Deregulated IL-6/gp130 signalling in lung cancer development
2017-02-13T04:19:25Z (GMT) by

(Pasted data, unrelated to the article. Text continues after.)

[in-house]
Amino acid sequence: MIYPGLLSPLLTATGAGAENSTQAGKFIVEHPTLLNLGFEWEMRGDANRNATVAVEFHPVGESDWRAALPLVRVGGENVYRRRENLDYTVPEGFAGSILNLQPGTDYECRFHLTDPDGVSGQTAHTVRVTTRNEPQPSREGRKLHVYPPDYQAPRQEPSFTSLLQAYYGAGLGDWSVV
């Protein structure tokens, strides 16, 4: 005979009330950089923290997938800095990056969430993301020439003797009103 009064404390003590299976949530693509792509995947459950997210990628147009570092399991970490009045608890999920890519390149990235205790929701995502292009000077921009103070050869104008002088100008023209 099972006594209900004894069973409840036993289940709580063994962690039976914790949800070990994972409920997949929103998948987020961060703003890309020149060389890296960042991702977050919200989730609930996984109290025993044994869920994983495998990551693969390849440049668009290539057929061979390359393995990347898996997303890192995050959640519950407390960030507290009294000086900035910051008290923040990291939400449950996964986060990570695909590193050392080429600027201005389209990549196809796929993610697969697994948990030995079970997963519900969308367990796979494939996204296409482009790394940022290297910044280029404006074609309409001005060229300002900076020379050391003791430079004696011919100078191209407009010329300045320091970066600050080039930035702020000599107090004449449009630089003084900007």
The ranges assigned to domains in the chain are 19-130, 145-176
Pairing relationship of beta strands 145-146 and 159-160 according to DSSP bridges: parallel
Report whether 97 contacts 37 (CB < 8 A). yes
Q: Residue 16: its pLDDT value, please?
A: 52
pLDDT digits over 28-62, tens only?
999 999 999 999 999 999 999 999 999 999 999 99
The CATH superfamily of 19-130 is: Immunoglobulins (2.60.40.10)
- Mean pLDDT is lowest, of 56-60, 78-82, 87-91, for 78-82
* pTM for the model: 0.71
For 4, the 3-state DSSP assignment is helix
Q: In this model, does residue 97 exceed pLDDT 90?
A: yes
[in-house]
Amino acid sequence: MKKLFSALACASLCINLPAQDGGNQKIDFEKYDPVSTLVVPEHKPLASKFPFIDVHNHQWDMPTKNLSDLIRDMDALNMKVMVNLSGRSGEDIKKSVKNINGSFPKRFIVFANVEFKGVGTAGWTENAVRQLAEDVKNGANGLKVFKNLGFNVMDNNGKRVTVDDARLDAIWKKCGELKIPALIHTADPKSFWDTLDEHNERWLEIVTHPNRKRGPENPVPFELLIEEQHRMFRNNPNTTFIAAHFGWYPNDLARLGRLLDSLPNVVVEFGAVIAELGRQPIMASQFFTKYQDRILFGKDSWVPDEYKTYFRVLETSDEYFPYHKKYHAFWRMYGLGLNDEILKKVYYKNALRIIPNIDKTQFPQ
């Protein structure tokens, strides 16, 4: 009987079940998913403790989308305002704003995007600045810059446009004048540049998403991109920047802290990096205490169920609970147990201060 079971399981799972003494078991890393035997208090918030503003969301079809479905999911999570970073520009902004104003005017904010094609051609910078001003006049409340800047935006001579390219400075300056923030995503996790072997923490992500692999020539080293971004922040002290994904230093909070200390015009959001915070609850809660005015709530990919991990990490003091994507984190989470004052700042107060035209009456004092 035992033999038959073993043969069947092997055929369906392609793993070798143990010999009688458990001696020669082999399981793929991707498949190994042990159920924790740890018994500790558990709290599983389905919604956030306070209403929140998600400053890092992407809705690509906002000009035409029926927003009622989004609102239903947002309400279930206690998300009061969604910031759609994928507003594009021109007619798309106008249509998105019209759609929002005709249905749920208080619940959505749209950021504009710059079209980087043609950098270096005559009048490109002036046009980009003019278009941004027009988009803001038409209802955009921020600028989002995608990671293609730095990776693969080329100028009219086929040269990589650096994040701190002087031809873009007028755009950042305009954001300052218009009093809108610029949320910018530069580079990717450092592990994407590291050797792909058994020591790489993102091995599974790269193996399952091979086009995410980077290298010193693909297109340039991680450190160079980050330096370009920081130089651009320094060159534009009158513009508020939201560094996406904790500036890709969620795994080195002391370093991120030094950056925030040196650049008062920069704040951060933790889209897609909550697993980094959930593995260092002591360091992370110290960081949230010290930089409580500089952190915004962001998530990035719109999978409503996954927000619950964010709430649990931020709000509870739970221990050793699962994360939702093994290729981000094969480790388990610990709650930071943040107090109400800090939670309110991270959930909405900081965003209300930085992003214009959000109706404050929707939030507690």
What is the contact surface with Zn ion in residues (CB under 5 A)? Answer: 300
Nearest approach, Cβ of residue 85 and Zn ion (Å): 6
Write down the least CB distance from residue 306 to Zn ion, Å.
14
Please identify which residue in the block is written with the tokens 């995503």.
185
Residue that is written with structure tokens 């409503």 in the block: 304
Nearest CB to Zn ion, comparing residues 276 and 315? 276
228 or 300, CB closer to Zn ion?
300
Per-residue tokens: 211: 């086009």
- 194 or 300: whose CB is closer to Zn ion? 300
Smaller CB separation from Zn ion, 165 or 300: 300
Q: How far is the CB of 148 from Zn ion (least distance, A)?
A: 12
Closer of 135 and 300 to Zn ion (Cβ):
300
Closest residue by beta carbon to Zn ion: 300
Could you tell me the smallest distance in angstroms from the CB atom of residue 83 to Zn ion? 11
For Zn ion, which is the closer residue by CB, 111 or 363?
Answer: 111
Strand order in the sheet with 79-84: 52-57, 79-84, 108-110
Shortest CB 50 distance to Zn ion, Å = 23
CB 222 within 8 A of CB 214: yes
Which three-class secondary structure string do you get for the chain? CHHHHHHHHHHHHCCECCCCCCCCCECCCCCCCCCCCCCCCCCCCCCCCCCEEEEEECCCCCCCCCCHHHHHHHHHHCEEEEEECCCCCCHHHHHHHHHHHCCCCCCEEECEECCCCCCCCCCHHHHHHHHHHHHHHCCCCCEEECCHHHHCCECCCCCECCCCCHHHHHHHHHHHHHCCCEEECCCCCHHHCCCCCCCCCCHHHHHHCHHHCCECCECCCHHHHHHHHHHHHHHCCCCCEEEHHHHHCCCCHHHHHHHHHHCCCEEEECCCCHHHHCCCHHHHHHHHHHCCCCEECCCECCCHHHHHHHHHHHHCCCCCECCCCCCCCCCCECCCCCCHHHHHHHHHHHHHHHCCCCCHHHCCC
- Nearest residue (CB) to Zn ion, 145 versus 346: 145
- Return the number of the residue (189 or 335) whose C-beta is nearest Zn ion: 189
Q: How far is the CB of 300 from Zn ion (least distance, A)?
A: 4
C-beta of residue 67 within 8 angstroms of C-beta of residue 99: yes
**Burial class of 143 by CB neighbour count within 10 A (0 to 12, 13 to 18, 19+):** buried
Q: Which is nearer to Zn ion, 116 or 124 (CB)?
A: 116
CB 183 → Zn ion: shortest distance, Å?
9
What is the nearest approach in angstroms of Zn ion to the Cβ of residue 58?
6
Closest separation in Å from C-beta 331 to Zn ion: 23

Lung cancer is the most common and lethal form of cancer in Australia and worldwide, with lung adenocarcinoma (LAC) being the most common phenotype of lung cancer. LAC is strongly associated with chronic lung inflammation triggered by cigarette smoking, and one of the most established disease-associated consequences of the genotoxic effects of cigarette-derived carcinogens is activating mutations in the <i>Kras</i> proto-oncogene. The identification of activating mutations in a minority of LAC patients, mainly comprising never smokers, has paved the way for targeted therapies with substantial benefit. However, effective therapies for LAC with a more typical mutation profiles, especially those associated with smoking, are yet to be identified, thus highlighting the need for a better understanding of the molecular and genetic alterations involved in the initiation and progression of LAC. In this regard, components of the IL-6 cytokine family which signal through the shared gp130 signal-transducing receptor subunit, are commonly up-regulated in human lung cancer, and represents a promising target in anti-cancer therapy. Despite this, the molecular mechanisms associated with deregulated gp130 signalling in lung cancer has not been fully elucidated, largely due to the paucity of genetically defined pre-clinical mouse models that allow for identification of gp130 signalling pathway-related diseases. <br> This thesis addresses the question whether gp130 signalling contributes to the initiation and maintenance of the malignant phenotype of LAC by enhancing the oncogenic effects of mutated <i>Kras.</i> We utilised our novel gp130<sup>F/F</sup> mouse model for upregulated endogenous IL-6 production and associated spontaneous pulmonary inflammation as a result of a “knock-in” substitution within the IL-6 family co-receptor gp130. These mice display augmented activation of the latent transcription factor Stat3 in the absence of gp130-driven PI3K/Akt and Mapk/Erk signalling. Importantly, Stat3, PI3K/Akt and Mapk/Erk have been implicated in lung cancer development. <br> We used gp130<sup>F/F</sup> mice generated onto the lung cancer susceptible genetic background <i>Kras</i>(G12D) (gp130<sup>F/F</sup>:<i>Kras</i><sup>G12D</sup> mice) and elucidated for the first time that gp130 signalling driven cell proliferation augmented <i>Kras</i>-induced lung carcinogenesis. Importantly, we discovered a causal role for IL-6 via its pathogenic mode IL-6 trans signalling, as well as identify a potential therapeutic strategy to target discrete modes of IL-6 signalling in <i>Kras</i>-induced LAC. We also identified Stat3 as the downstream mediator of IL-6/gp130 driven inflammation associated with <i>Kras</i>-induced LAC. Furthermore, we validated above findings in clinical setting using lung cancer biopsies. <br> These results will therefore provide a significant and original contribution to our fundamental understanding of the mechanisms involved in lung cancer that will potentially strengthen the translational impact of early detection and treatment of the disease in the clinic.